Find a Security Clearance Job!

Military


Freedom Party of Austria - FPO

In 2014, Andreas Molzer, a prominent candidate for the Austrian Freedom Party, had to abandon his European Parliament bid after decrying Europe's future as a "conglomerate of negroes," but the party won 20 percent of the 25 May 2014 vote, compared to 7.3 percent four years ago.

Austrian Vice Chancellor Heinz-Christian Strache of the far-right Freedom Party said on 18 May 2019 he was stepping down and would be replaced by Transport Minister Norbert Hofer after an embarrassing video of him was published by German media. The video was reported by two of Germanys leading newspapers weekly Der Spiegel and newspaper Sueddeutsche Zeitung purportedly showing a meeting in Ibiza between Strache, another party official and a woman purporting to be the niece of a Russian oligarch. The newspaper reports also said the video appeared to be a sting operation. Strache had headed the party since 2005, bringing it back to mainstream electoral success not seen since it was led by the charismatic Joerg Haider. It secured 26 percent of the vote in 2017s parliamentary election.

Support for groups like the eurosceptic, anti-immigration Freedom Party (FPO) has been on the rise in European countries that have taken in large numbers of migrants like Germany and Sweden as well as some that have not like France and Britain. Most far-right parties are still far from achieving majority support. The FPO has been in government before, serving as a coalition partner in the early 2000s when it was led by the late Joerg Haider. But whoever wins the presidential election, it is likely to be a new high-water mark for Austria's and Europe's far right, all the more significant for taking place in a prosperous country with comparatively low, albeit rising, unemployment.

The Freedom Party of Austria (Freiheitliche Partei Osterreichs--FPO) was founded in 1956 by Anton Reinthaller, who had served in the Seyss-Inquart national socialist government formed in collaboration with Hitler after the Anschluss in 1938. Anticlerical and pro-German, the FPO was the party of persons who were uncomfortable with the domination of Austrian politics by the "red-black" (socialist-clerical) coalition governments of the SPO and OVP. The party had liberal and nationalist wings, which frequently disagreed over strategy. Although the FPO was not an extremist party, it attracted many former Nazis with its philosophy that Austrians should think of themselves as belonging to a greater German cultural community.

The FPO's stress on nationalism made it an atypical liberal party. Nevertheless, in 1979 the FPO was admitted to Liberal International, the worldwide group of liberal parties. The FPO's ideology emphasized the preservation of individual liberties in the face of the growth of the state's power. The party enthusiastically endorsed free enterprise and individual initiative and opposed a larger role for the state in the ownership of enterprises. The FPO was also against the socialist idea of striving for greater equality between socioeconomic groups.

After Reinthaller's death in 1958, Friedrich Peter became the head of the FPO. Under his leadership, the liberal wing increased its influence, and ties to the SPO were developed. However, the FPO remained a minor party with a limited opposition role in the parliament. Between 1956 and 1983, the FPO's share of the vote stagnated between 5.0 and 7.7 percent. After the election of 1970, the FPO struck a deal with the SPO, which promised electoral reform in exchange for the FPO's support of Kreisky's minority government. The ensuing changes in the electoral laws helped the FPO increase its representation in parliament in subsequent elections, despite the fact that its vote totals did not rise at the same time.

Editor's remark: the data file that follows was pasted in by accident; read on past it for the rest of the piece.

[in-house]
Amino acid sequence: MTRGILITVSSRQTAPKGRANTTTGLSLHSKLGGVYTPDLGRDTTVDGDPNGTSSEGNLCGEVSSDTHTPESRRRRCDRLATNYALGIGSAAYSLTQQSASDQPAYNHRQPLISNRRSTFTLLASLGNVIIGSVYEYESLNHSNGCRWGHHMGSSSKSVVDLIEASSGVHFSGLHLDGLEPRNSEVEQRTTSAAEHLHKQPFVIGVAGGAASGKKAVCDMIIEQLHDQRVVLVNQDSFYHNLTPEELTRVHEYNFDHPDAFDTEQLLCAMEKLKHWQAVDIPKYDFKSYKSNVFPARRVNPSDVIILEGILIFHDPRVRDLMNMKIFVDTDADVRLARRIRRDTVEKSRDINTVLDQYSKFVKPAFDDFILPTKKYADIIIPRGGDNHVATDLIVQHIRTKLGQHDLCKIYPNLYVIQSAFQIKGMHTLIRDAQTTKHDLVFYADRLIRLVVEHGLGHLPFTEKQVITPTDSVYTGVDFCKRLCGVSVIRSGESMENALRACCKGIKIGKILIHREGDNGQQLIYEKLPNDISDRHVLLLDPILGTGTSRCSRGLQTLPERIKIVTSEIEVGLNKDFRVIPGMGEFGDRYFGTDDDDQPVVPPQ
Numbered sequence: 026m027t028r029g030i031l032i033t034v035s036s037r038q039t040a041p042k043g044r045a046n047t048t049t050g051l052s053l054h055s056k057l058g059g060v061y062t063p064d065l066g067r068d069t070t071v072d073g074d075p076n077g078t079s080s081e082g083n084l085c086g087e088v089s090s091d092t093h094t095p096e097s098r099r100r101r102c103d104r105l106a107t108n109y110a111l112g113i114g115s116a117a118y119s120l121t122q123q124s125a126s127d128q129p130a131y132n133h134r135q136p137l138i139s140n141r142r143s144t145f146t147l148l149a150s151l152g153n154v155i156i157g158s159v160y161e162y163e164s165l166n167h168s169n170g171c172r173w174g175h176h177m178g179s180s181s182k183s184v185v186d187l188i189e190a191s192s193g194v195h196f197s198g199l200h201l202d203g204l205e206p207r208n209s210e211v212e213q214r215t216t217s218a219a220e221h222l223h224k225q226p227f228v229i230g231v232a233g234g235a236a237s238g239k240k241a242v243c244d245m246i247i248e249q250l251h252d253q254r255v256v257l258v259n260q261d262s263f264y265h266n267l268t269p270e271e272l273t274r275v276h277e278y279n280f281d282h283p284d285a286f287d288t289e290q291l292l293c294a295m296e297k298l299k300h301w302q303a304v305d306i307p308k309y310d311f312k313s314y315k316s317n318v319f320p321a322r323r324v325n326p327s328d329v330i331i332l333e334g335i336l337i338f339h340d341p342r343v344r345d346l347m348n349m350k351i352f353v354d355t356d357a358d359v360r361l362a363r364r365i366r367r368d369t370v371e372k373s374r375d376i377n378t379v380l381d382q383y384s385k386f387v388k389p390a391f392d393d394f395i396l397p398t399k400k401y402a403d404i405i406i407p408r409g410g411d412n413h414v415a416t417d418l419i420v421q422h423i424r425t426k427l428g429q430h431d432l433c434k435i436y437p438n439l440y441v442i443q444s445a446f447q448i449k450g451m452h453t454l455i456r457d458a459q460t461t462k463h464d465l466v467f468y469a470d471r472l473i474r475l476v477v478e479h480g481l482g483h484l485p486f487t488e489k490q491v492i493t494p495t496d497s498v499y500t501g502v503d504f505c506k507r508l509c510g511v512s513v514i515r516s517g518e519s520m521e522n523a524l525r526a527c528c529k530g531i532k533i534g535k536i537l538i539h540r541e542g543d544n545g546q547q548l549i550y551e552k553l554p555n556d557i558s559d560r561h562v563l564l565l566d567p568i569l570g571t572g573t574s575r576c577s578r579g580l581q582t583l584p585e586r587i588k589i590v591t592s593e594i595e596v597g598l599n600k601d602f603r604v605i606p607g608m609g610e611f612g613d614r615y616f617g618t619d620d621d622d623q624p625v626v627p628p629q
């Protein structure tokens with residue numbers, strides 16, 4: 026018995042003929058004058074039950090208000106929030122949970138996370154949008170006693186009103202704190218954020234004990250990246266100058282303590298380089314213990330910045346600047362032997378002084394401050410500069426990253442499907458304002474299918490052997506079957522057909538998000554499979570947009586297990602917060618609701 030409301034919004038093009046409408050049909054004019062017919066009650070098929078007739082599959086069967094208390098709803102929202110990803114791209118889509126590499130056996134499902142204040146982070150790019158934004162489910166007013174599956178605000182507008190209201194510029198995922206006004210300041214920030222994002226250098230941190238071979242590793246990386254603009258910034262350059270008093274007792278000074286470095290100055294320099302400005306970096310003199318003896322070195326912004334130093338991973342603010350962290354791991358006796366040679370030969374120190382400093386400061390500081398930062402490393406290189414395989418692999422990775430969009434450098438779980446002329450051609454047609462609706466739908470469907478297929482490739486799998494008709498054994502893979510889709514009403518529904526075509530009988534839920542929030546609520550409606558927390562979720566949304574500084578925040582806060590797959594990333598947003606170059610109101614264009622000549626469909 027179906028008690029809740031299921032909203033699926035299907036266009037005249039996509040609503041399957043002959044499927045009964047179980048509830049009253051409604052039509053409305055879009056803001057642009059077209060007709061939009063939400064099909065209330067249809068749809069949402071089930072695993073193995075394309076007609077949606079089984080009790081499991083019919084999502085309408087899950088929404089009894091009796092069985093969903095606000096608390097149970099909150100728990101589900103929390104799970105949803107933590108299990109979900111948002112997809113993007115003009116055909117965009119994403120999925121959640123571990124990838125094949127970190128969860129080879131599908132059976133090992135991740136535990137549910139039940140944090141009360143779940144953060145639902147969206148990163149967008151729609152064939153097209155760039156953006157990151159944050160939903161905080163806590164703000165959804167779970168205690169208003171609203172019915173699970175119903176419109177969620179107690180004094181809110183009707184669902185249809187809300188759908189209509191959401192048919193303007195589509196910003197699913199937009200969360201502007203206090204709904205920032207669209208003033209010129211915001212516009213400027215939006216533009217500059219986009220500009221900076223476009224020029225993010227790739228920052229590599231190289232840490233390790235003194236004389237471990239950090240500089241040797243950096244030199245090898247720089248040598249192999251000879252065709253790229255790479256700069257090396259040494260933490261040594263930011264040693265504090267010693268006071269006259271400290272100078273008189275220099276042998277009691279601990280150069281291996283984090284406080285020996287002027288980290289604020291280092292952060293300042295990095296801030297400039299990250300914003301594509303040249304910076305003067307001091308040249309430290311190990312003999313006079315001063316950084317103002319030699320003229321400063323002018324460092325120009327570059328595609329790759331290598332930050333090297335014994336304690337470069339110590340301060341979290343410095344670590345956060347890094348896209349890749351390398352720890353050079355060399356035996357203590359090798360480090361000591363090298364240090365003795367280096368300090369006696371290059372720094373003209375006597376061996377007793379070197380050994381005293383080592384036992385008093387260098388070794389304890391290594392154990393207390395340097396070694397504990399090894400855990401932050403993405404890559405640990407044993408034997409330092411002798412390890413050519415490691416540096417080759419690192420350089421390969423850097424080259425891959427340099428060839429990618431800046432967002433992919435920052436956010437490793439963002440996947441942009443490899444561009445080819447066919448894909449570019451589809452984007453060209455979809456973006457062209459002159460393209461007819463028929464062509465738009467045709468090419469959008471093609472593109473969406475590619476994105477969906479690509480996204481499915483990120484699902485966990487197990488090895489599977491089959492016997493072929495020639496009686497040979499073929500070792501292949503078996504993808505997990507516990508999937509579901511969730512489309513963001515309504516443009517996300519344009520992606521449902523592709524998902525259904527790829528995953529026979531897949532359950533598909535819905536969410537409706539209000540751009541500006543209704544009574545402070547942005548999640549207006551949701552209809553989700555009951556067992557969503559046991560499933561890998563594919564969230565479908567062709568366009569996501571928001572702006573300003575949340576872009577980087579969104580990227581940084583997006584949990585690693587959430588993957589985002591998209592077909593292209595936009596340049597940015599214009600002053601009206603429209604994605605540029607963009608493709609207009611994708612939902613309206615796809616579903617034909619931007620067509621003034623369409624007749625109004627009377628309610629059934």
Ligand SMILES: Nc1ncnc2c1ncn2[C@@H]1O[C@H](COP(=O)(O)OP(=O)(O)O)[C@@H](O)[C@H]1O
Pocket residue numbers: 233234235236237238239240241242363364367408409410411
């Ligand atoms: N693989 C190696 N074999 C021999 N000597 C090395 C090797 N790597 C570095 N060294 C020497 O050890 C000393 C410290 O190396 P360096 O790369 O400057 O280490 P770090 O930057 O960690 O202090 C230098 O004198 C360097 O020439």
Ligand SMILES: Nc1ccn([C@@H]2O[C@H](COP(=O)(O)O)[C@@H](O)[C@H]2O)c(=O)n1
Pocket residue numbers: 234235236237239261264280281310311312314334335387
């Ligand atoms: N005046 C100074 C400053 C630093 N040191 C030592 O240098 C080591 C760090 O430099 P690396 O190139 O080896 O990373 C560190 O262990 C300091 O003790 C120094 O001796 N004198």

Peter's hope that he could make the FPO attractive to the SPO as a coalition partner was dashed by Kreisky's success in obtaining absolute majorities in the elections of 1971, 1975, and 1979. It was only in 1983, when the SPO lost its majority, that it turned to the FPO to form a government. The FPO's brief three-year experience in power in the SPO-FPO coalition of 1983-86 was mostly frustrating, as the government stumbled from one crisis to the next.

Norbert Steger was FPO party chairman between 1980 and 1986. A member of the party's liberal wing, Steger served as vice chancellor and minister for trade in the SPO-FPO coalition. He was not a charismatic politician, and, as the coalition's troubles mounted, he began to lose support among the party's rank and file. At an FPO convention in the spring of 1986, Joerg Haider, leader of the Carinthian branch of the party, launched a successful coup against Steger and became the new chairman.

Haider, born in 1950, was a handsome, dashing figure whose self-confidence strikes many observers as verging on arrogance. He comes from the nationalist wing of the party and has stirred controversy on many occasions by his remarks about Austria's proper place in the German cultural community. On one occasion in 1988, Haider referred to Austria as "an ideological deformity." Since Haider took control of the FPO in 1986, the party has achieved dramatic gains at the polls in both national and provincial elections. In the March 1989 provincial election in Carinthia, the FPO displaced the OVP as the second strongest party, and Haider was elected governor of the province with votes from the OVP.

This election marked the first time that a provincial governor was not from either of the two major parties. Haider's term as governor was cut short in June 1991 by the controversy unleashed by his remark during a parliamentary debate that the Third Reich's employment policy was a positive model. The OVP and SPO joined together to pass a vote of no confidence against Haider, marking the first time in the history of the Second Republic that a governor was forced to step down. Haider did not allow this setback to create challenges to his leadership of the party. In three provincial elections in the fall of 1991, Haider led the FPO to outstanding showings, proving that Austrian voters were increasingly ready to vote for alternatives to the two major parties.

A less charitable interpretation of the FPO's rise under Haider is that Austrian politics had taken a turn to the right. At times in his career, Haider gave his critics ample reason for accusing him of neo-Nazi tendencies. He frequently pandered to the sentiments of the far right, but his everyday political discourse is more moderate. Haider tailored his remarks to his audiences, and he resorted to the rhetoric of right-wing populism in order to inspire the conservative nationalists in the FPO.